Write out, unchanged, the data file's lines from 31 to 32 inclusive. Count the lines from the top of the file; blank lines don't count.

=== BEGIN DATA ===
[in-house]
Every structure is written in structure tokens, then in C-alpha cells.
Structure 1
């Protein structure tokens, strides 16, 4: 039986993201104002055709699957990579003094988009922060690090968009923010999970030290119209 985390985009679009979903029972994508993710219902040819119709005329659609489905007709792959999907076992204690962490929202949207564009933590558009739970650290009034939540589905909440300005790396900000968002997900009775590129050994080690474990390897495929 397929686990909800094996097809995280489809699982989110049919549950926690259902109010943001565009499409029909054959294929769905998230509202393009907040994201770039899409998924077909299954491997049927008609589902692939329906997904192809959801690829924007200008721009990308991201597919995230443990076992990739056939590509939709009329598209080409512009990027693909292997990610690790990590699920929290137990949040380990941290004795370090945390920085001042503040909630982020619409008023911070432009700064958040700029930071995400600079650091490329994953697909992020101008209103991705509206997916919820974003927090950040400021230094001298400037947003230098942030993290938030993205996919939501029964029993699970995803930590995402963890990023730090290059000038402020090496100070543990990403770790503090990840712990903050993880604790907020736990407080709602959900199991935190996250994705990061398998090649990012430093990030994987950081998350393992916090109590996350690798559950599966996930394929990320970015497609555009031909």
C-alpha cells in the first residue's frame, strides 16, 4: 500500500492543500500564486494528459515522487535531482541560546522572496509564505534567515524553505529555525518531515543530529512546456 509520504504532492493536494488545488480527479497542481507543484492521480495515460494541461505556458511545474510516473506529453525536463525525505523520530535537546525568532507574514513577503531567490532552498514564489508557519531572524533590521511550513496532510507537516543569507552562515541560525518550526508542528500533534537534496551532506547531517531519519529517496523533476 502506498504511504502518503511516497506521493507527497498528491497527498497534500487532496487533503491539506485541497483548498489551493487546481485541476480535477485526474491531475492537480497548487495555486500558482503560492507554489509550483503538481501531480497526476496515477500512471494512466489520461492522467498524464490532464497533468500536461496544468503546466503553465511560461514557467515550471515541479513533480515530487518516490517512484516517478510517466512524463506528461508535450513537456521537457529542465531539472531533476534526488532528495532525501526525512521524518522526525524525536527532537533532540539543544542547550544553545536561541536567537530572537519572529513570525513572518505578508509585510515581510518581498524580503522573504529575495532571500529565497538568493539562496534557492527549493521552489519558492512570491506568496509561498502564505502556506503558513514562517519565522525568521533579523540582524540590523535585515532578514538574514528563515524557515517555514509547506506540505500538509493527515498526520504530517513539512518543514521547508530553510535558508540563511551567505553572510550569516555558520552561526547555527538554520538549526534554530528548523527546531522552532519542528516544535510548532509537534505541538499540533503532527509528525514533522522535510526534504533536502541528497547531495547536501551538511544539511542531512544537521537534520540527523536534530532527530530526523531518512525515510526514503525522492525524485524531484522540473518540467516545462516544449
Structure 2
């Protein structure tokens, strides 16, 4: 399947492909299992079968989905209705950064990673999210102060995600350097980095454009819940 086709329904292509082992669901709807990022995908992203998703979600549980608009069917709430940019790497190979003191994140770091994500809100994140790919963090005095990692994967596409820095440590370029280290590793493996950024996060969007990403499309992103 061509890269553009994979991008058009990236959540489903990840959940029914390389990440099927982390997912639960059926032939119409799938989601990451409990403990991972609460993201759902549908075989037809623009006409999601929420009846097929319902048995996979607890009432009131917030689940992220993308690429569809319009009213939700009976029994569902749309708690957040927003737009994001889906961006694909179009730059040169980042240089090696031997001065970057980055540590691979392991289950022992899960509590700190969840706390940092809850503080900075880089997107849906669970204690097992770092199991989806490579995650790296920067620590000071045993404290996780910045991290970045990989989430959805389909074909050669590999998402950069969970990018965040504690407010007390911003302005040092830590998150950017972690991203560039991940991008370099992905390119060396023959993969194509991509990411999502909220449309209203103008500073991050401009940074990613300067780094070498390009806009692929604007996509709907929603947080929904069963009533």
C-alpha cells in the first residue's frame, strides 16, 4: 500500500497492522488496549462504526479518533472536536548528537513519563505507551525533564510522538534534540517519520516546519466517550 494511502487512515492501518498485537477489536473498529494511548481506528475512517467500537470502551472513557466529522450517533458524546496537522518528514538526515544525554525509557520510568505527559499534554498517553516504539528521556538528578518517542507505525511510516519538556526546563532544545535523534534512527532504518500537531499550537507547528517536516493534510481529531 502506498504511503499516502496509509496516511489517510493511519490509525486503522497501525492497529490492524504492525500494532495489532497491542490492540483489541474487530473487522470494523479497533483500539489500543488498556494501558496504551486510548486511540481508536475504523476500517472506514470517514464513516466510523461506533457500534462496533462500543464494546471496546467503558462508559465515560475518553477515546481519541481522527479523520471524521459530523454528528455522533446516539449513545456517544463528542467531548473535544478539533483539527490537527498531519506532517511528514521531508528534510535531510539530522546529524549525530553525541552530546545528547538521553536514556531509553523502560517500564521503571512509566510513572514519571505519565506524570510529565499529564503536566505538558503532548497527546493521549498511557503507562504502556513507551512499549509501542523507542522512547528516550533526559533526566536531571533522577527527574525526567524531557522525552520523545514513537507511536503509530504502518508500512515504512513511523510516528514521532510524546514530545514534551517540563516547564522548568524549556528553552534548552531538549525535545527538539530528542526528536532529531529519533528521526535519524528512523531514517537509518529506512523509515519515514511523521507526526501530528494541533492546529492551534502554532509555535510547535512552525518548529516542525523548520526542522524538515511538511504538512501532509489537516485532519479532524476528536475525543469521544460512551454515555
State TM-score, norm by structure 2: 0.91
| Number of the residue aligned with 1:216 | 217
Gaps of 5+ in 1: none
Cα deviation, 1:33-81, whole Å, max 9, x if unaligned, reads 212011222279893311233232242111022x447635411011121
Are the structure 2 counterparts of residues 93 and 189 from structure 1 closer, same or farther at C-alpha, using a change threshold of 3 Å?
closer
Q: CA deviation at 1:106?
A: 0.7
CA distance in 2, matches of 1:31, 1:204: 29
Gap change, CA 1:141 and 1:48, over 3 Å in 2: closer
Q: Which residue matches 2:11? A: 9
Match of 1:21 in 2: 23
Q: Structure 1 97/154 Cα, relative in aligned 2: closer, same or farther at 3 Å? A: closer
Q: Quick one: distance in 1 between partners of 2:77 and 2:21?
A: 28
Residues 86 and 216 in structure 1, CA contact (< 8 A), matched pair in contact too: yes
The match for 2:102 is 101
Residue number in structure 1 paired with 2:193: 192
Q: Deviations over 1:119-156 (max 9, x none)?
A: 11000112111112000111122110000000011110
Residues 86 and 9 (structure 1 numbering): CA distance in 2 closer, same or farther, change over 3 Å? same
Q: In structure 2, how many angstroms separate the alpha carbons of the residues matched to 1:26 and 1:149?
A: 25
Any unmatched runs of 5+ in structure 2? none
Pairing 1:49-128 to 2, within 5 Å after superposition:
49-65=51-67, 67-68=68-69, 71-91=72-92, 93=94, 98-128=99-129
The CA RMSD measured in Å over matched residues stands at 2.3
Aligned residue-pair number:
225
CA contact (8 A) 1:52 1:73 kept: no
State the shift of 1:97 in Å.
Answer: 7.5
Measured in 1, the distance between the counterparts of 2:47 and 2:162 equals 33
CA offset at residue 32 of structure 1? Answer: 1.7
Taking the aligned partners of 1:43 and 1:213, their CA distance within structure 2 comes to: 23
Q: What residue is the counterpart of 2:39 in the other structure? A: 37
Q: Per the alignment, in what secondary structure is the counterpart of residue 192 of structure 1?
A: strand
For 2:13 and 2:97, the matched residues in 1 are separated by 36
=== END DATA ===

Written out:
A: 25
Any unmatched runs of 5+ in structure 2? none